A lot of schools that had been offering outbound school trips to students have come to realize that outdoor learning if conducted with thought and care, can provide a powerful & memorable experience that help build life skills.
Outdoor learning offers a powerful alternative to such traditional school trips by providing engaging and meaningful adventure-based learning. These schools believe that important life skills can be developed experientially while having fun. They also feel that the great outdoors lend themselves to instilling a sense of awe, which helps open young minds to introspection & new experiences.
There is a welcome trend across schools in India where visionary school leaders are complementing their academic curriculum with a ‘life skills curriculum’ that is designed to coincide with the various development stages of students, typically from class 4 to class 12. These experiences help students become self-disciplined, open up to new experiences, learn to care about and work with others, understand the larger society, and build a sense of what it takes to lead others. A lot of these programs also meet various requirements like CAS for IB Schools and life skills for CBSE & ICSE.
In addition to the “art” aspect of outdoor learning that stimulates natural learning, the “science” behind it is what can really build a memorable learning event for students.
The thought and hope behind outdoor learning
Back many moons ago as a student of a wonderful residential school in a valley surrounded by awe-inspiring mountains, I had many memorable opportunities (though it sometimes did not seem so back then!) to explore the great outdoors as part of the school’s culture.
We would plan our expeditions using tight budgets, figure out which dharamsalas to stay in, where to eat, how much to spend on relative luxuries, learn how to brave the weather, ignore the winding Indian hill roads, and somehow garner enough courage and skills to reach our destination.
There were moments when our backs hurt beyond measure and our knees were on the verge of collapse. And just when we least expected it, the weather would turn and we would also need to tackle the rain. We would then be tired, irritated, and wet!
But we still managed to dig in deep to find the resources and the resilience to get to the top, pitch our tents, light a fire, cook dinner, and even find the energy to crack jokes and mimic our teachers till we fell asleep. And all this with the knowledge that the next day could be even more challenging.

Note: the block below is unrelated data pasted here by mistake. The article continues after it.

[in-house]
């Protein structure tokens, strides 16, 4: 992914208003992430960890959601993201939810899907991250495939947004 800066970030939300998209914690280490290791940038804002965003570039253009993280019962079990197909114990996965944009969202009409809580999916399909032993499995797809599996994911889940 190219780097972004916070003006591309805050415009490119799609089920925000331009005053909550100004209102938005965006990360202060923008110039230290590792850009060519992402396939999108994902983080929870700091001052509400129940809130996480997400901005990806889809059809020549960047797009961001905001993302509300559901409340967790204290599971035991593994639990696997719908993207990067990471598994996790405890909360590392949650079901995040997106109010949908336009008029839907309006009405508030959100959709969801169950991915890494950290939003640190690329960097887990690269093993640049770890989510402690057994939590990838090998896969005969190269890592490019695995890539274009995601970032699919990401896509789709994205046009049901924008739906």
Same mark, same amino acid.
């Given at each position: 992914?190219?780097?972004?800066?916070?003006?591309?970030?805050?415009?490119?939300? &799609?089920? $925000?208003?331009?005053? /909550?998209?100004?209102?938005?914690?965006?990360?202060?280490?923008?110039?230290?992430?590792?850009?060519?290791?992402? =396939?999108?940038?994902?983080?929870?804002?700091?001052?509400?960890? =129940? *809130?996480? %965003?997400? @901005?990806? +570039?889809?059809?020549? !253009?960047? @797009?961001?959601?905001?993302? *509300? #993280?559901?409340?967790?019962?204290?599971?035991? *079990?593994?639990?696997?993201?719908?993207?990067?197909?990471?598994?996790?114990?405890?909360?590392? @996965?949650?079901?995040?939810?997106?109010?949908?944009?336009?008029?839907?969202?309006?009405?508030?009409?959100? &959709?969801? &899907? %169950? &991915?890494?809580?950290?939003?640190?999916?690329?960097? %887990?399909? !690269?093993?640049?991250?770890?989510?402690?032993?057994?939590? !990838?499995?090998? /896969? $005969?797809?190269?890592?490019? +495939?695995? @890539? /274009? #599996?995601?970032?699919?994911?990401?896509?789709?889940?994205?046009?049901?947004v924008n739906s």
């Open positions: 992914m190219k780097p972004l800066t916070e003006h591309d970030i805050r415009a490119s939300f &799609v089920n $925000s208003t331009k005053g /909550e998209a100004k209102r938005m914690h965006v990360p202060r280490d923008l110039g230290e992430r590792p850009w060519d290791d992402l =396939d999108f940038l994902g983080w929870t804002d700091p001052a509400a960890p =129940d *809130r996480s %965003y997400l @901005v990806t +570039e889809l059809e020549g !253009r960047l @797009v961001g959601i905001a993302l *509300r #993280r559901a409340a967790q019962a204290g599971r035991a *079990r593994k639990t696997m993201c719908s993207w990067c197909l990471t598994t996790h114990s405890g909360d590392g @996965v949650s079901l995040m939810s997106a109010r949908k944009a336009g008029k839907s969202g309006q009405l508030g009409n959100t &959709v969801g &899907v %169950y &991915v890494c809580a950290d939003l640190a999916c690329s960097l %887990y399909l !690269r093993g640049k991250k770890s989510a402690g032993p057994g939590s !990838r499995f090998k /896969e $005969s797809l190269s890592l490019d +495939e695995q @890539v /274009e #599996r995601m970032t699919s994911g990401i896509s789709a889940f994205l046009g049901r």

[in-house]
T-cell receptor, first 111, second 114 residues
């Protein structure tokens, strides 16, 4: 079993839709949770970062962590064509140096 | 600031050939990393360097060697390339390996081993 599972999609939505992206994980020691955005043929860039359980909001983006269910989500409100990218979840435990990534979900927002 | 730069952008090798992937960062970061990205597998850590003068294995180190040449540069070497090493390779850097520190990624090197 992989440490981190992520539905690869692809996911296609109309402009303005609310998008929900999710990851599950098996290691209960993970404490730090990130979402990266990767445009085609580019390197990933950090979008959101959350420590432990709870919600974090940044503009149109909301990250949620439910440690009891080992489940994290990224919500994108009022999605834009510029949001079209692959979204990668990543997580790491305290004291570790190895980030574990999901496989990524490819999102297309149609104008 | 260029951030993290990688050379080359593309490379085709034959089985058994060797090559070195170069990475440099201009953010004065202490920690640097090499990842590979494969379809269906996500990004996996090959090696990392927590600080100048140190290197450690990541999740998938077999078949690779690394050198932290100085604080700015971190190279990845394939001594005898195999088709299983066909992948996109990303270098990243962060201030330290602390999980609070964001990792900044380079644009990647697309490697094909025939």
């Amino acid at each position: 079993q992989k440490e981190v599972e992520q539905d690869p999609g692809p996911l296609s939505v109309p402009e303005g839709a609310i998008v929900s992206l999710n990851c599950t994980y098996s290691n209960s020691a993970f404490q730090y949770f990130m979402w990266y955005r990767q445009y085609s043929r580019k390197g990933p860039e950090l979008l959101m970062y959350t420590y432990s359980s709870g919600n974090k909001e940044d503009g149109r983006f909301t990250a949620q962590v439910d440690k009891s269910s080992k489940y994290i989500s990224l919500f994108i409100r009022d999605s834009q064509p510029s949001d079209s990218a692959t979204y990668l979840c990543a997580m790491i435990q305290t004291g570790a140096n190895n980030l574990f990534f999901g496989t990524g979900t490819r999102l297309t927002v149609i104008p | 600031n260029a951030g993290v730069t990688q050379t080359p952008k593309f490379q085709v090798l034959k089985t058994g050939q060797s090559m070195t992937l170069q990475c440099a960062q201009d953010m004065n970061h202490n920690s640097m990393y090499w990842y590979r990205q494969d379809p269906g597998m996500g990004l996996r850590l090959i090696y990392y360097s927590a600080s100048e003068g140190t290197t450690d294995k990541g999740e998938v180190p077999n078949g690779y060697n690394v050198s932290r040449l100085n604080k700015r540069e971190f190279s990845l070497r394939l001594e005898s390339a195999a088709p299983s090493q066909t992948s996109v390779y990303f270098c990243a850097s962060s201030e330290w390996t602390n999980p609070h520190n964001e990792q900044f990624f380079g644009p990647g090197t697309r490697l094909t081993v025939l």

Having accomplished all this, we always came back to our school having grown in many different ways. At many reunions since, it is these adventures and challenges that we discuss and celebrate the most.
Built on the perspectives of legendary thinkers like John Dewey, Jean Piaget, Kurt Lewin, and Kurt Hahn, the experiential learning methodology is built on the notion that people learn best by direct, hands-on, and purposeful contact with their learning experiences.
As we all know from experience (the first time we learnt how to drive or our first struggle in the deep end of a swimming pool are great testaments to that!), learning happens best when our emotions are heightened, the challenge pushes us to think and be on our toes, and we have the support we need to stay engaged and motivated.
Such learning experiences in the great outdoors, are termed outdoor learning. They are designed to be hands-on, out of one’s comfort zone, intellectually meaningful, and memorable.
The natural environment brings with it a sense of awe and challenge that makes people, especially children, more receptive to both introspection and exploration. Thus, the outdoors has the potential to make a major contribution to one’s growth and development if it is used meaningfully and with thought.
The importance of building key life skills early
Legendary singer Rod Stewart beautifully sang an oft-expressed adult regret, “I wish that I knew, what I know now when I was younger when I was stronger.”
The outdoors possess limitless possibilities to design learning events that build key life skills in children that equip them for what lies ahead. They can test their assumptions, try different approaches, and manage consequences while the stakes are low. The same mistakes start costing a lot more, as we start engaging with experiences that have limited growth opportunities, ego-based considerations, and monetary profit motives!
Widely respected as a pioneer of outdoor learning, Kurt Hahn’s philosophy of learning was based on an inherent non-negotiable respect for adolescents. He believed that society tends to corrupt young minds, as they grow older. He also felt that if educated in the right manner, students could utilize opportunities for personal leadership by understanding accountability and consequence management. This is one of the reasons why he emphasized outdoor learning in his philosophy of education.
As we grow older, the three key life skills that truly help bring fulfilment and excellence in what we do are the:
(a) Ability to look inwards with honesty to get the best of oneself,
(b) Skills of working effectively with our teammates, and
(c) Capability to lead others with the commitment to excel and accomplish.
What better way to learn about leadership than to actively work with and motivate others to complete an outdoor challenge like an expedition (as opposed to memorizing the five ways by which one can become a leader!)?
You learn to understand and appreciate other perspectives, build consensus, leverage limited resources, and test your own limits.